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Towards Personalized Medicine for Persistent Depressive Disorder: Moving from “one size fits all” to “what works for whom?”

Serbanescu, Ilinca-Draga

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Persistent Depressive Disorder (PDD) is, by definition, a chronic mental disorder that severely affects the quality of life of those affected. Despite numerous available treatment options, response and remission rates are generally scarce in patients with PDD, with effectiveness of different treatments varying between individual patients. However, empirical evidence predicting and understanding the individual treatment benefit is largely lacking. Personalized medicine aims to match patients with the most promising treatment on an individual basis by identifying pre-treatment characteristics that predict the outcome of a particular treatment for an individual patient. While other medical disciplines have achieved great progress in the field of personalized medicine, psychiatry still lags far behind, holding on to the ‘one size fits all’ concept, which assumes that a certain treatment will work equally well for all patients diagnosed with a particular disorder. This is also broadly applicable to the research field on PDD. The overarching aim of this publication-based dissertation is to advance the field of personalized medicine for PDD by providing evidence for the effectiveness of certain psychotherapeutic and pharmacological treatments for specific subgroups of patients with PDD based on their multivariable pre-treatment profile. Beginning with an introduction, this thesis will first provide a theoretical framework for the two main thematical concepts of this work, namely PDD and personalized medicine, as well as an overview of previous evidence on treatment prediction in patients with PDD. Afterwards, the main objectives and research questions of this thesis are presented with respect to two specific clinical decision-making scenarios that have been studied in the three scientific papers presented thereafter, namely the selection of and between two psychotherapies (Paper 1 and Paper 2) and the choice between psychotherapy and antidepressant medication (Paper 3). Paper 1 identified and combined pretreatment characteristics of patients with early-onset PDD that moderate their benefit from disorder-specific Cognitive Behavioral Analysis System of Psychotherapy (CBASP) versus nonspecific Supportive Psychotherapy (SP), thereby detecting two subgroups with differential treatment benefits. Paper 2 investigated treatment predictors and identified several subgroups of patients experiencing a comparable treatment effectiveness of CBASP and SP. Finally, following the same question and methodology as Paper 1 for the comparison of CBASP and pharmacotherapy with Escitalopram plus Clinical Management (ESC/CM), Paper 3 identified two subgroups of patients with differential benefit from these two treatment options. Altogether, the main findings of the three papers extend the body of evidence for treatment prediction in patients with PDD in several aspects: first, they show that behind the general cross-sample effects reported in the main studies, there exist underlying subgroup effects, suggesting that the effectiveness of the investigated treatments varies greatly depending on the patient’s pre-treatment profile. Second, they present novel methodological approaches together with advantages of a multivariable consideration of the pre-treatment profile and its prediction of treatment response. Third and lastly, they provide new evidence for whom the treatments studied are more or less likely to work, possible underlying reasons, and other research questions that arise and need to be investigated by future research.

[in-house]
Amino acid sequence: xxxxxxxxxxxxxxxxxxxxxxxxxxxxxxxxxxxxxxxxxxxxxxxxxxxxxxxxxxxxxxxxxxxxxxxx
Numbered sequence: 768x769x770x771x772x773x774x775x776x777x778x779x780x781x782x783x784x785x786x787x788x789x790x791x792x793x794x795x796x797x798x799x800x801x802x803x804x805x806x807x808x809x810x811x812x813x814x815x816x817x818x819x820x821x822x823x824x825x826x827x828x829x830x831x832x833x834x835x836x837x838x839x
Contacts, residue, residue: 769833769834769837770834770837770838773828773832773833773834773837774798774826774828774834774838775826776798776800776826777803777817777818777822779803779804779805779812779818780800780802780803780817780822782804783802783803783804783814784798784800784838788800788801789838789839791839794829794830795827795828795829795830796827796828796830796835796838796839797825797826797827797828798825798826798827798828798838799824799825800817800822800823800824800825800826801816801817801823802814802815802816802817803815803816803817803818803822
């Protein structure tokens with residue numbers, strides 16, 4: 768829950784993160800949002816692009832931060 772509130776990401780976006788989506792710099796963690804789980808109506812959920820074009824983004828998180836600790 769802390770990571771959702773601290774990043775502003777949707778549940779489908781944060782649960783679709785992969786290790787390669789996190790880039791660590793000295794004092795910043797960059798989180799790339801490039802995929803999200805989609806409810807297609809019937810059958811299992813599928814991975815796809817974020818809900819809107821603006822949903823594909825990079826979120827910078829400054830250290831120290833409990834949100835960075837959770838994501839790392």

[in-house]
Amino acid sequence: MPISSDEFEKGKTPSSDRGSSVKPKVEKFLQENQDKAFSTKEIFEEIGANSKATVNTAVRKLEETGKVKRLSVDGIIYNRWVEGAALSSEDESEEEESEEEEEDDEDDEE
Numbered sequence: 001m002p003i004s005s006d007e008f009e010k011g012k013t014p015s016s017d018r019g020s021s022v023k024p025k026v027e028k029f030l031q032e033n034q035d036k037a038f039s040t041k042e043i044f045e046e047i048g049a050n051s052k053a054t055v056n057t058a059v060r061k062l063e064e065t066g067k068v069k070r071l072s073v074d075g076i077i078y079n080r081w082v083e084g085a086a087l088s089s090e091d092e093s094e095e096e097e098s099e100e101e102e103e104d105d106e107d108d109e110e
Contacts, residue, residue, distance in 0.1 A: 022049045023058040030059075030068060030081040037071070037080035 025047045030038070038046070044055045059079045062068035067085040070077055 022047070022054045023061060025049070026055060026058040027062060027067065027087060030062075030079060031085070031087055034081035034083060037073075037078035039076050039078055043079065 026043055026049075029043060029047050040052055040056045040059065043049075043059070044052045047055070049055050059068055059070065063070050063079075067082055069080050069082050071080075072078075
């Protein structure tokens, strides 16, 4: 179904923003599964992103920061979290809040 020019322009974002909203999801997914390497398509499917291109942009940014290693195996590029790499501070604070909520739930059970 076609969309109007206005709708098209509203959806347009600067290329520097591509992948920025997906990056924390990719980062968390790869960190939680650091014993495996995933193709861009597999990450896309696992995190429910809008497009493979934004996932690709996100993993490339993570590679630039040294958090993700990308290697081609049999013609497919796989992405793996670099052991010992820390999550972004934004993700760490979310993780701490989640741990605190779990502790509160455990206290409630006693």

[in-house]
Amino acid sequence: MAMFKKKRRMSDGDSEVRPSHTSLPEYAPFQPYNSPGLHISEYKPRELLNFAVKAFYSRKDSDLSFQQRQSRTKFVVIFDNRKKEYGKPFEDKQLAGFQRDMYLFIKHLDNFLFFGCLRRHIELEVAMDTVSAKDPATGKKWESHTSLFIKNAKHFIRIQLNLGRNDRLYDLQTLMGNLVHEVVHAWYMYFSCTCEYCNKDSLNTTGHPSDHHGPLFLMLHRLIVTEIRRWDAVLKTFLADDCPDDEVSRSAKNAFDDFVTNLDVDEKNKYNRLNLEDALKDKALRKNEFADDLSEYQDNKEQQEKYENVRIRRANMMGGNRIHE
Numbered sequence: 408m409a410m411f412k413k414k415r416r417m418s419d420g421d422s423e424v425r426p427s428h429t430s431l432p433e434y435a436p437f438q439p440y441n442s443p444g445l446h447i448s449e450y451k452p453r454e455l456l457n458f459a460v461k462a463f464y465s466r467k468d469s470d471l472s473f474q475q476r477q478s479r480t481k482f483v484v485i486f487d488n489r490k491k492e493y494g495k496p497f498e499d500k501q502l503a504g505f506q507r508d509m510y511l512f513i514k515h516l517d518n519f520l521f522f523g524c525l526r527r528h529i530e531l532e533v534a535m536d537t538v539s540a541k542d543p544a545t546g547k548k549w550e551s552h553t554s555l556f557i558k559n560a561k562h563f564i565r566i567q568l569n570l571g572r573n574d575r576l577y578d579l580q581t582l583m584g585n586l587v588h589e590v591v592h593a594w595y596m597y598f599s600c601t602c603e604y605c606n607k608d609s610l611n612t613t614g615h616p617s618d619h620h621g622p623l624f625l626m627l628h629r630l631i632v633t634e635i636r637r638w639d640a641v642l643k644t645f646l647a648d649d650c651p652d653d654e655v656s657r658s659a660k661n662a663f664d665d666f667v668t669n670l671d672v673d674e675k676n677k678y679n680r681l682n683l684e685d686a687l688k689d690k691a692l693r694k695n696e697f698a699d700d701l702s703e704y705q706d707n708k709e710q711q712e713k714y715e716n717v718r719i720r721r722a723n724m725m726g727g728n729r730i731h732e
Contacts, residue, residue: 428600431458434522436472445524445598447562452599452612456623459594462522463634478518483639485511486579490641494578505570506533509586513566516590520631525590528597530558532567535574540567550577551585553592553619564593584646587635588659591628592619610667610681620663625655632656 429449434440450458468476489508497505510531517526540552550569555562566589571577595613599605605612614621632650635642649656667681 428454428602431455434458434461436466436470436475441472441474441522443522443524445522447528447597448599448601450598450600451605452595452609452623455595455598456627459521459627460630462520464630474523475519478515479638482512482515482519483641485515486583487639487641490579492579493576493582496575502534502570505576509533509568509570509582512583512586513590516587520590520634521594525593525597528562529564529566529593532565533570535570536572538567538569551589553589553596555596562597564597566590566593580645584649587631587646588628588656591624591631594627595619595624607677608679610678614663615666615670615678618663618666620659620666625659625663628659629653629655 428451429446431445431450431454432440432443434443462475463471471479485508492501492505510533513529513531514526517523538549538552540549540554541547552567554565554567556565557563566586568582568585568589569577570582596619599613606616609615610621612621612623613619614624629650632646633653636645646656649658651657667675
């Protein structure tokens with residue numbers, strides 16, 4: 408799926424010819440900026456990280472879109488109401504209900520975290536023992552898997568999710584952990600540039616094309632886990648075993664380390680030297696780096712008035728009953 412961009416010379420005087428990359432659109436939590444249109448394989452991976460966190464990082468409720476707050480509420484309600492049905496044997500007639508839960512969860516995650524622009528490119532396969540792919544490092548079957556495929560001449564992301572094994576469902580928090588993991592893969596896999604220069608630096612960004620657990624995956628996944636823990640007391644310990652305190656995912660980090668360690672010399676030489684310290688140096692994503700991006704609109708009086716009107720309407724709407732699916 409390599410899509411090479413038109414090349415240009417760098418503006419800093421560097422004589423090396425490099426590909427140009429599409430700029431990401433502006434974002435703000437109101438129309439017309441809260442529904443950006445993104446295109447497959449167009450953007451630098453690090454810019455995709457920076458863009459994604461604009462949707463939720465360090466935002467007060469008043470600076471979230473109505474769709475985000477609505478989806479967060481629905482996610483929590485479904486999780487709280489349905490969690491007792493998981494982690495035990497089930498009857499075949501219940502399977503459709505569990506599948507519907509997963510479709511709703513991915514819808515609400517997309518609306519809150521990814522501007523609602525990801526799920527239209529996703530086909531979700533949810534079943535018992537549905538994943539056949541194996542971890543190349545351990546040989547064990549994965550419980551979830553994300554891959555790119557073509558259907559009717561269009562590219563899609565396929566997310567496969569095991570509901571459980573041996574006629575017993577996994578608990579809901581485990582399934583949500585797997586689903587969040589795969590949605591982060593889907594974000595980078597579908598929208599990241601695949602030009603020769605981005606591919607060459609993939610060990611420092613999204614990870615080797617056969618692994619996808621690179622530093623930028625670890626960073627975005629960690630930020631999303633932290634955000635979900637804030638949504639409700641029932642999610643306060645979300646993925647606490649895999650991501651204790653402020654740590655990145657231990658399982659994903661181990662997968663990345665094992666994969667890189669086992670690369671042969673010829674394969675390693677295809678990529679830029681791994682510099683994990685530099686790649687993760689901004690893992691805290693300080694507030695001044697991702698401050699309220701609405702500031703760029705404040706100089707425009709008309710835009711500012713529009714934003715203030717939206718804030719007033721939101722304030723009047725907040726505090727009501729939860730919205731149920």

Document type: Dissertation
Supervisor: Backenstraß, Prof. Dr. Matthias
Date of thesis defense: 15 May 2023
Date Deposited: 06 Jun 2023 07:42
Date: 2023
Faculties / Institutes: The Faculty of Behavioural and Cultural Studies > Institute of Psychology
DDC-classification: 150 Psychology
Controlled Keywords: Depression, Chronische Depression, Personalisierte Medizin, Psychotherapie, Cognitive Behavioral Analysis System of Psychotherapy, Pharmakotherapie
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